As Brian approaches the restaurant, called Little Bohemia, his thoughts are whirring and spinning out of control. He’s very upset with himself because he had been ordered by his boss to take a dinner break. I’m a complete and total idiot. I’m a clumsy moron who has to be ordered to go eat because I forgot to bring food to work. I feel like I’m seven instead of thirty-seven. What must Mrs. Clark think of me? I bet she thinks I’m less capable of taking care of myself than the kids at the school are. Oh good lord. What if she thinks I’m irresponsible in everything I do? What if she’s upset that she had to order me to go eat and that I actually listened to her and left the building when I should be working? What if she puts this in my file? What if she puts all of the supid things I do in my file and then when it’s time for my review I get fired? I can’t get fired. I like my job. What if I can’t find another one? Or what if I do find one but I have to work during the day when there are lots of other people around? I can’t do that. But I need money to live. What if I lose everything? I don’t have anywhere to go, and I don’t know what I’d do. Now my heart is pounding again. I’m dizzy. I have to get off this bike.
The “what-ifs” of generalized anxiety disorder race through Brian’s brain and feed off each other, making his anxious thoughts increase in intensity until they begin to cause physical pain, just like a tornado. With his current, very anxious, mindset, his perspective on the world is altered. Rather than seeing a simple restaurant, he sees this: I’m near a joint called Little Bohemia. The place sits between a second-hand clothing shop and a tobacco bar in a four-story brick building. Elaborate batik tapestries cover both of Little Bohemia’s large windows, concealing the danger that lurks within. The mini lights strung around the tapestries warn rather than welcome; their nearly imperceptible flickering sends a code carrying a simple message: run away as fast as you can.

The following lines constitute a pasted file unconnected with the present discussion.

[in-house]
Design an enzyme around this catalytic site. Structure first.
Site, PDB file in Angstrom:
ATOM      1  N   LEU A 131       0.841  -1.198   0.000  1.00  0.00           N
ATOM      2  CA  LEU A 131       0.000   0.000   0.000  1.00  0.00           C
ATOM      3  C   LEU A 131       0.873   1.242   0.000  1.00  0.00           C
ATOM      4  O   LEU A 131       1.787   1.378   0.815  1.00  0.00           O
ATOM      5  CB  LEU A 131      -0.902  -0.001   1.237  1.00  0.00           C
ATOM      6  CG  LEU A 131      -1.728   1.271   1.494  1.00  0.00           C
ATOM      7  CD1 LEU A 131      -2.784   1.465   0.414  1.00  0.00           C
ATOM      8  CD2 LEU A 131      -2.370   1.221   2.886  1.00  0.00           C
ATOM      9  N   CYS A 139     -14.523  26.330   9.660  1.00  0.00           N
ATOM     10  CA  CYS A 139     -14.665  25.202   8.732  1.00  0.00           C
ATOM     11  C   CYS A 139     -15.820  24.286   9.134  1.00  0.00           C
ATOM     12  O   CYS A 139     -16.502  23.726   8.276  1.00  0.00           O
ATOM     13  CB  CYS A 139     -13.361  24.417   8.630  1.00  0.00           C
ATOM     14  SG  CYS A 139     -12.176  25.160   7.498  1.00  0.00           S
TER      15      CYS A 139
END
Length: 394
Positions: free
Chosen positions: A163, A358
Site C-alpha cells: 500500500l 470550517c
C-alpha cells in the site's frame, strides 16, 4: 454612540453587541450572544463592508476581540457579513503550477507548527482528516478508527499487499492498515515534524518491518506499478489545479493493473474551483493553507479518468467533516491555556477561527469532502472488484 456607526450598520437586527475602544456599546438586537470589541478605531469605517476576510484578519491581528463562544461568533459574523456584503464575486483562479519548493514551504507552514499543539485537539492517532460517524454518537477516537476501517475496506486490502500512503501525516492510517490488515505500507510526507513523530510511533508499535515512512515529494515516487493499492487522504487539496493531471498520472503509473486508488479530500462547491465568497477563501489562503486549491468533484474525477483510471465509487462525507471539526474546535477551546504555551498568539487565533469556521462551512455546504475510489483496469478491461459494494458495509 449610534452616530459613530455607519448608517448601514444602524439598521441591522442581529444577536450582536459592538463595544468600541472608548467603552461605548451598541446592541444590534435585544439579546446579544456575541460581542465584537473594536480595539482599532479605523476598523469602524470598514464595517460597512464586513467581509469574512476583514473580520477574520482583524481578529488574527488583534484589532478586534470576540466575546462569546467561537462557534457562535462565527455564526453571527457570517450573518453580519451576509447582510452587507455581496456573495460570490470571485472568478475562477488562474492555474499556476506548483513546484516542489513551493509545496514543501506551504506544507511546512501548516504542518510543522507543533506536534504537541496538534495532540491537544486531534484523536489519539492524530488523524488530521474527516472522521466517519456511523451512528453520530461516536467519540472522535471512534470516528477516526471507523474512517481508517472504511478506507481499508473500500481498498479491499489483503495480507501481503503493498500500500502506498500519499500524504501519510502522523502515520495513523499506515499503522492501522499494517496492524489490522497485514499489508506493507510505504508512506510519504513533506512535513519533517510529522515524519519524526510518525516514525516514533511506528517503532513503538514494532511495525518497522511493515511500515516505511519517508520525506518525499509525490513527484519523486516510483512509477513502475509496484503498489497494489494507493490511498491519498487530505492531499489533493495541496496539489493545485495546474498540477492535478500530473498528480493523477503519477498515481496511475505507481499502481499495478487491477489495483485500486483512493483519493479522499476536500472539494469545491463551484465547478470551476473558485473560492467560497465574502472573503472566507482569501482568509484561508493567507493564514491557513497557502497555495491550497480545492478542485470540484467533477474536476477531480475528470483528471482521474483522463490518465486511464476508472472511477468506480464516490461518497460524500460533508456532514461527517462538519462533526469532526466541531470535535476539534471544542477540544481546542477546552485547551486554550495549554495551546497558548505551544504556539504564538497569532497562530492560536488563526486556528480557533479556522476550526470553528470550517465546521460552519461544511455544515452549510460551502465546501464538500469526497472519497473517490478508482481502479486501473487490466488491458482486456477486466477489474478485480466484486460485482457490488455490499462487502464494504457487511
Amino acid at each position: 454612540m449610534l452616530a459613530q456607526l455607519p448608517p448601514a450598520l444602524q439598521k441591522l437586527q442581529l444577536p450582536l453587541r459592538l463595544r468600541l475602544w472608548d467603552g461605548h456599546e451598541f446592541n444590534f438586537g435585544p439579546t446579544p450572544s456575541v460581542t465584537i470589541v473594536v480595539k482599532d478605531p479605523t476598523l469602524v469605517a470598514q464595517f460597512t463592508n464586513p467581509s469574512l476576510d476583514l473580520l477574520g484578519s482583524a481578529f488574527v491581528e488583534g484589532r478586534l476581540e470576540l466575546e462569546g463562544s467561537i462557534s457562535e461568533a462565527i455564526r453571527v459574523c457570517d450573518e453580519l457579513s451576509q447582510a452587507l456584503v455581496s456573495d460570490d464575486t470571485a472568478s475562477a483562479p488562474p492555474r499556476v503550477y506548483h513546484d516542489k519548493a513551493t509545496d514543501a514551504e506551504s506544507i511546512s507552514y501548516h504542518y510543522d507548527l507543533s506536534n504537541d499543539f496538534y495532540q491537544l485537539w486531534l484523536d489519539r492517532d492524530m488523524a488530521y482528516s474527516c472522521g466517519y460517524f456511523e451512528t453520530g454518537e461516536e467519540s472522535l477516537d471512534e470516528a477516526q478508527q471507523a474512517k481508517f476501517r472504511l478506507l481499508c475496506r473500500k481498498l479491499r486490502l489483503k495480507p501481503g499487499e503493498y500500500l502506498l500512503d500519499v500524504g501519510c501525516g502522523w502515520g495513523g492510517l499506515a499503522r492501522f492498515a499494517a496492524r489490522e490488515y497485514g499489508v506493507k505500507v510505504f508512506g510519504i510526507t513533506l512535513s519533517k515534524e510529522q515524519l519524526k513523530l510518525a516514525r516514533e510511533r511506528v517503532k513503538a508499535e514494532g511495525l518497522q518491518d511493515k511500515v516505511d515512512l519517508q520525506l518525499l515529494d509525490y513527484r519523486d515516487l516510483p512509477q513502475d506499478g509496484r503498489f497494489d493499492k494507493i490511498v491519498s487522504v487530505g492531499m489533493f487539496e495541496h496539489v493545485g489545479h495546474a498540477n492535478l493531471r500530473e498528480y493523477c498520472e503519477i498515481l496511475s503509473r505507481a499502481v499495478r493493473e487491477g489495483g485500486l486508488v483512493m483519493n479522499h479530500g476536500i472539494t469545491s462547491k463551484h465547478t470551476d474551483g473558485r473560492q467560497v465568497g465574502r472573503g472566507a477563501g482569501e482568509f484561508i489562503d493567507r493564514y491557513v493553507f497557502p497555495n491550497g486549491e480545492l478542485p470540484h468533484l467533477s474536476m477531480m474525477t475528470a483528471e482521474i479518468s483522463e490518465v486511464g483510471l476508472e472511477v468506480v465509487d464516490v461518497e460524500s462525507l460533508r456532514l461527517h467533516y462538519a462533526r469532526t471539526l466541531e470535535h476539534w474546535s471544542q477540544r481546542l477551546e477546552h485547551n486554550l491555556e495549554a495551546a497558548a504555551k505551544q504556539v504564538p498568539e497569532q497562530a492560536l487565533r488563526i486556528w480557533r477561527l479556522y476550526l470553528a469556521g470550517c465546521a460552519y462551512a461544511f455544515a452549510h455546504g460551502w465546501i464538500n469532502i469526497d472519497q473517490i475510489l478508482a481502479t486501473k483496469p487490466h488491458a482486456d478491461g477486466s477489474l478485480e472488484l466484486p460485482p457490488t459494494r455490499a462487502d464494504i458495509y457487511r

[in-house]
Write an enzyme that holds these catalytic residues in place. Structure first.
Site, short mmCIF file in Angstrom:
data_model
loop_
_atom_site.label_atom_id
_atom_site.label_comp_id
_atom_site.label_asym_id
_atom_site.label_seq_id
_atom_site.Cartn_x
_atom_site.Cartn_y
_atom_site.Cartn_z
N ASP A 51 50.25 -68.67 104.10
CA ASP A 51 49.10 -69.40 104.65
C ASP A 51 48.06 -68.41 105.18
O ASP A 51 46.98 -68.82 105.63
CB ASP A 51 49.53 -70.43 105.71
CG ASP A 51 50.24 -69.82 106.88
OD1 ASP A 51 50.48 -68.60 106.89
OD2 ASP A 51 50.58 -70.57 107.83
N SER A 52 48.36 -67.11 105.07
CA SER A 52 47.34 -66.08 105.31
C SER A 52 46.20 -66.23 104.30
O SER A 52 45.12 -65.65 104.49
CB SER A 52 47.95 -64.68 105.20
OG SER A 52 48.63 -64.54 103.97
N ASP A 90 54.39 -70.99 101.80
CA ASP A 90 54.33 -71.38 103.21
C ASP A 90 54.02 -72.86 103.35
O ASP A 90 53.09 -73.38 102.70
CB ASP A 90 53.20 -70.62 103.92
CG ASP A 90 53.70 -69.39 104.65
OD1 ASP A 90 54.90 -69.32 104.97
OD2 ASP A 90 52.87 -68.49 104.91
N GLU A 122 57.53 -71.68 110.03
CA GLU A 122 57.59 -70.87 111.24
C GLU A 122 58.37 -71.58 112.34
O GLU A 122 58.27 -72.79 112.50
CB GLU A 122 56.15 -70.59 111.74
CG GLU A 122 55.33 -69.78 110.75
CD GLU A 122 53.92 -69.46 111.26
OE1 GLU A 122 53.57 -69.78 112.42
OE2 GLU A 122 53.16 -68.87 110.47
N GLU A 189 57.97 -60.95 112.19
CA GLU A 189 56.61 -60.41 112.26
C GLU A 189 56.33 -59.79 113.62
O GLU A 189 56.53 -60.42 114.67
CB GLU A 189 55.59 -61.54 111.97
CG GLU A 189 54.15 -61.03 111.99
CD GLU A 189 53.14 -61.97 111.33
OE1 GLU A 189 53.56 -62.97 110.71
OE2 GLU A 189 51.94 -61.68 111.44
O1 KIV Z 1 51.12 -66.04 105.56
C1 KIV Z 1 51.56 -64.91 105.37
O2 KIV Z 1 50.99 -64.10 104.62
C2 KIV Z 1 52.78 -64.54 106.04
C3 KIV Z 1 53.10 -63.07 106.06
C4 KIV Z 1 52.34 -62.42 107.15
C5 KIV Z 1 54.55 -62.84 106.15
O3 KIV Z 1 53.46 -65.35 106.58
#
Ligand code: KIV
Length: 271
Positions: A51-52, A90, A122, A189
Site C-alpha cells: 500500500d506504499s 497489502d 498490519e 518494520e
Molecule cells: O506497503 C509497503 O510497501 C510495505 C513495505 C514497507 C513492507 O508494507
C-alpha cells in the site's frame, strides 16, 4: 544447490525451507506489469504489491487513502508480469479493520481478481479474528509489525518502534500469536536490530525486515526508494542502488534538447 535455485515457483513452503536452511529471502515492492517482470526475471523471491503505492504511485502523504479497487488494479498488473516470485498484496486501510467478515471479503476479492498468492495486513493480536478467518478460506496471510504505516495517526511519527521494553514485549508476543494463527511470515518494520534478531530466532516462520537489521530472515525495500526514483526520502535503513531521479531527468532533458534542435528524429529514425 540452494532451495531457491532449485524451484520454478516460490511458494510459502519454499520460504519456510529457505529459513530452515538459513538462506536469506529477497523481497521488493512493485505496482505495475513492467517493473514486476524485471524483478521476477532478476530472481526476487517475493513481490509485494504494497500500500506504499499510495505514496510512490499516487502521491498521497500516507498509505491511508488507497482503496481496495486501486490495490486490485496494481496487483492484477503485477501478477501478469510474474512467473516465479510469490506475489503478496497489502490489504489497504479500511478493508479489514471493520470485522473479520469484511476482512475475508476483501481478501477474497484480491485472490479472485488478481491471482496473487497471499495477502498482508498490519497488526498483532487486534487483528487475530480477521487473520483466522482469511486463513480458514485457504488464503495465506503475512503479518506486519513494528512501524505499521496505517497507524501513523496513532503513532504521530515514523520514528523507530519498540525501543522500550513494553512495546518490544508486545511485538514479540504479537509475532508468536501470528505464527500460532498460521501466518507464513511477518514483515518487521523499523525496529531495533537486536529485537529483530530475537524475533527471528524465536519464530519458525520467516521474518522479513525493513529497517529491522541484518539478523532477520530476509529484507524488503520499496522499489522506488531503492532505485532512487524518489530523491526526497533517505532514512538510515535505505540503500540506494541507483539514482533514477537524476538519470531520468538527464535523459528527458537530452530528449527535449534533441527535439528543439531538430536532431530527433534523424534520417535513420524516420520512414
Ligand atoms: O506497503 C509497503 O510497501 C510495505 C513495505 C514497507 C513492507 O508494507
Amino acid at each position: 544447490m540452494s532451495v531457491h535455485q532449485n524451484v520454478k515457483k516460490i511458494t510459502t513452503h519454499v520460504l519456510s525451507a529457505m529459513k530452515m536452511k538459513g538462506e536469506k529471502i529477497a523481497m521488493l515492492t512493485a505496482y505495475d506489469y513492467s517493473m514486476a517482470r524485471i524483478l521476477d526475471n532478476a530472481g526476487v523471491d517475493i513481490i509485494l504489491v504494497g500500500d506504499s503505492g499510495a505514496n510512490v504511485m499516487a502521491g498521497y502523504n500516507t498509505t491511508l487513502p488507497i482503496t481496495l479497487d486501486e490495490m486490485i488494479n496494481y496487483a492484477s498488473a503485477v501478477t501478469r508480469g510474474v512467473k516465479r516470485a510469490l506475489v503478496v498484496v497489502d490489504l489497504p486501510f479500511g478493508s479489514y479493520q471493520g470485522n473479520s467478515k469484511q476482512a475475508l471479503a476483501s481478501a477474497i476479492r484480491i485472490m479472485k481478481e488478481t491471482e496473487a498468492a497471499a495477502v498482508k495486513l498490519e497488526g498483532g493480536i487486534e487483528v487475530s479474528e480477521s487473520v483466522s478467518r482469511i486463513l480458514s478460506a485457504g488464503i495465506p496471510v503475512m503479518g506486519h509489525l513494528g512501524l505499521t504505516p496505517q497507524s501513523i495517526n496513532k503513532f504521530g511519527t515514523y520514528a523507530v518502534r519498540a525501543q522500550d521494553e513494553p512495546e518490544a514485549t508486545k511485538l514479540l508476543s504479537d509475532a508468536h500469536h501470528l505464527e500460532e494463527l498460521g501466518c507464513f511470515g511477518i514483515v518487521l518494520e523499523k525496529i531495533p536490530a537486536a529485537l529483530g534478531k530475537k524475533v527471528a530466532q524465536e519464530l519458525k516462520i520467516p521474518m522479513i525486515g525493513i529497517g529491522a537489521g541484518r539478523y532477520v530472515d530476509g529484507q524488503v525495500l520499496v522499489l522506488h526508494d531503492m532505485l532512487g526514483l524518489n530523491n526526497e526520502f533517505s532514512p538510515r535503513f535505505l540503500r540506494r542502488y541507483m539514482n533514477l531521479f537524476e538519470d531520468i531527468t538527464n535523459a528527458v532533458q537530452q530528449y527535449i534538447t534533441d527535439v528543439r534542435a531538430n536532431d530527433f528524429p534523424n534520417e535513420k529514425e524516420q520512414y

Brian’s thoughts are so anxious, increased in intensity by his ‘what-ifs,’ that they cloud what he sees. His senses take in the same restaurant that others experience, but his interpretation of the building and the atmosphere are shaped by his thoughts. He becomes increasingly anxious until the brewing storm explodes into a full-blown panic attack. I’ve had panic attacks. Looking back on them, I’ve realized that I did have warning signs before they occurred. The signs were my own thoughts, my own interpretation of what was happening, my what-ifs, and my fears of what might happen. It didn’t seem so clear at the time they were occurring, of course. It took a great deal of self-reflection, of identifying my fears and faulty beliefs, of becoming mindful of the present rather than swirling away into the past or future.
Once I became cognizant of my self-talk and my specific anxieties, I was able to recognize them and confront them, countering them with thoughts and beliefs that were more realistic. In both our minds and in nature, there are storms. Fortunately, we can become aware of them, predict them with reasonable certainty (nothing is 100% certain), and take measures to minimize the storm’s impact or even get out of the path of the storm altogether. Then, our lives will be more about the calm before a storm than the storm itself.